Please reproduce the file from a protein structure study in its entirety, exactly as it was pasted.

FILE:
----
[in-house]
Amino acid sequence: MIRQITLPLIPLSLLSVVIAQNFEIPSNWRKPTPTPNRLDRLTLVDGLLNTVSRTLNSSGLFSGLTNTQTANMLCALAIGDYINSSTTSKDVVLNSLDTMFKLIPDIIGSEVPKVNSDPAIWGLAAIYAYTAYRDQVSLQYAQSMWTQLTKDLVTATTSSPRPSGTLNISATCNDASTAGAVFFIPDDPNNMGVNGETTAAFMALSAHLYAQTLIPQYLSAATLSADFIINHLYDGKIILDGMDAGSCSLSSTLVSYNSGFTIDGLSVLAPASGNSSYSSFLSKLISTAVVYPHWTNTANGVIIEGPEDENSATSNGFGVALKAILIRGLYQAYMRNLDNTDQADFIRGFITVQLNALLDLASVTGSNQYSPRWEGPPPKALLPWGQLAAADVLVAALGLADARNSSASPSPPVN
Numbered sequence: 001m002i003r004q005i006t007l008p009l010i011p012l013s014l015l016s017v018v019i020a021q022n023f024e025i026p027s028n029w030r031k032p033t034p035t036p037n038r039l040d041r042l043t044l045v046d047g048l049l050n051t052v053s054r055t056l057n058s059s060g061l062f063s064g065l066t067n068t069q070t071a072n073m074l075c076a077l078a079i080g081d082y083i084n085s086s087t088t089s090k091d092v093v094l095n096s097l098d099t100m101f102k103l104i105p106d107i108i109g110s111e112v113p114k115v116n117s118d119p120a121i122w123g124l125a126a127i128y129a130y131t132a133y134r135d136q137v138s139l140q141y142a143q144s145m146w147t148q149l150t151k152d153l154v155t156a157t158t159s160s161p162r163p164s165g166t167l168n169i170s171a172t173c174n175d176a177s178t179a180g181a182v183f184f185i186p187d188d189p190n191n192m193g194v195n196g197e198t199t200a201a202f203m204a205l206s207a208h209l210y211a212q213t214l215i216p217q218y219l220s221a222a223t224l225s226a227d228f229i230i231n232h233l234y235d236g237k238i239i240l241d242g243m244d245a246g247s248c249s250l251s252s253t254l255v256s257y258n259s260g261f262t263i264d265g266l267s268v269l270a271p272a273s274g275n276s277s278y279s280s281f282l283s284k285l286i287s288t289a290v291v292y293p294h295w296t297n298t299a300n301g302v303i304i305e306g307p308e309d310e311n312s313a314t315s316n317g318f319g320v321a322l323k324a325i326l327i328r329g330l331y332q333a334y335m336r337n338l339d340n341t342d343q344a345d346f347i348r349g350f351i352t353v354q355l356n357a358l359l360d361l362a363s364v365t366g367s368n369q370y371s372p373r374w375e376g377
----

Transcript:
[in-house]
Amino acid sequence: MIRQITLPLIPLSLLSVVIAQNFEIPSNWRKPTPTPNRLDRLTLVDGLLNTVSRTLNSSGLFSGLTNTQTANMLCALAIGDYINSSTTSKDVVLNSLDTMFKLIPDIIGSEVPKVNSDPAIWGLAAIYAYTAYRDQVSLQYAQSMWTQLTKDLVTATTSSPRPSGTLNISATCNDASTAGAVFFIPDDPNNMGVNGETTAAFMALSAHLYAQTLIPQYLSAATLSADFIINHLYDGKIILDGMDAGSCSLSSTLVSYNSGFTIDGLSVLAPASGNSSYSSFLSKLISTAVVYPHWTNTANGVIIEGPEDENSATSNGFGVALKAILIRGLYQAYMRNLDNTDQADFIRGFITVQLNALLDLASVTGSNQYSPRWEGPPPKALLPWGQLAAADVLVAALGLADARNSSASPSPPVN
Numbered sequence: 001m002i003r004q005i006t007l008p009l010i011p012l013s014l015l016s017v018v019i020a021q022n023f024e025i026p027s028n029w030r031k032p033t034p035t036p037n038r039l040d041r042l043t044l045v046d047g048l049l050n051t052v053s054r055t056l057n058s059s060g061l062f063s064g065l066t067n068t069q070t071a072n073m074l075c076a077l078a079i080g081d082y083i084n085s086s087t088t089s090k091d092v093v094l095n096s097l098d099t100m101f102k103l104i105p106d107i108i109g110s111e112v113p114k115v116n117s118d119p120a121i122w123g124l125a126a127i128y129a130y131t132a133y134r135d136q137v138s139l140q141y142a143q144s145m146w147t148q149l150t151k152d153l154v155t156a157t158t159s160s161p162r163p164s165g166t167l168n169i170s171a172t173c174n175d176a177s178t179a180g181a182v183f184f185i186p187d188d189p190n191n192m193g194v195n196g197e198t199t200a201a202f203m204a205l206s207a208h209l210y211a212q213t214l215i216p217q218y219l220s221a222a223t224l225s226a227d228f229i230i231n232h233l234y235d236g237k238i239i240l241d242g243m244d245a246g247s248c249s250l251s252s253t254l255v256s257y258n259s260g261f262t263i264d265g266l267s268v269l270a271p272a273s274g275n276s277s278y279s280s281f282l283s284k285l286i287s288t289a290v291v292y293p294h295w296t297n298t299a300n301g302v303i304i305e306g307p308e309d310e311n312s313a314t315s316n317g318f319g320v321a322l323k324a325i326l327i328r329g330l331y332q333a334y335m336r337n338l339d340n341t342d343q344a345d346f347i348r349g350f351i352t353v354q355l356n357a358l359l360d361l362a363s364v365t366g367s368n369q370y371s372p373r374w375e376g377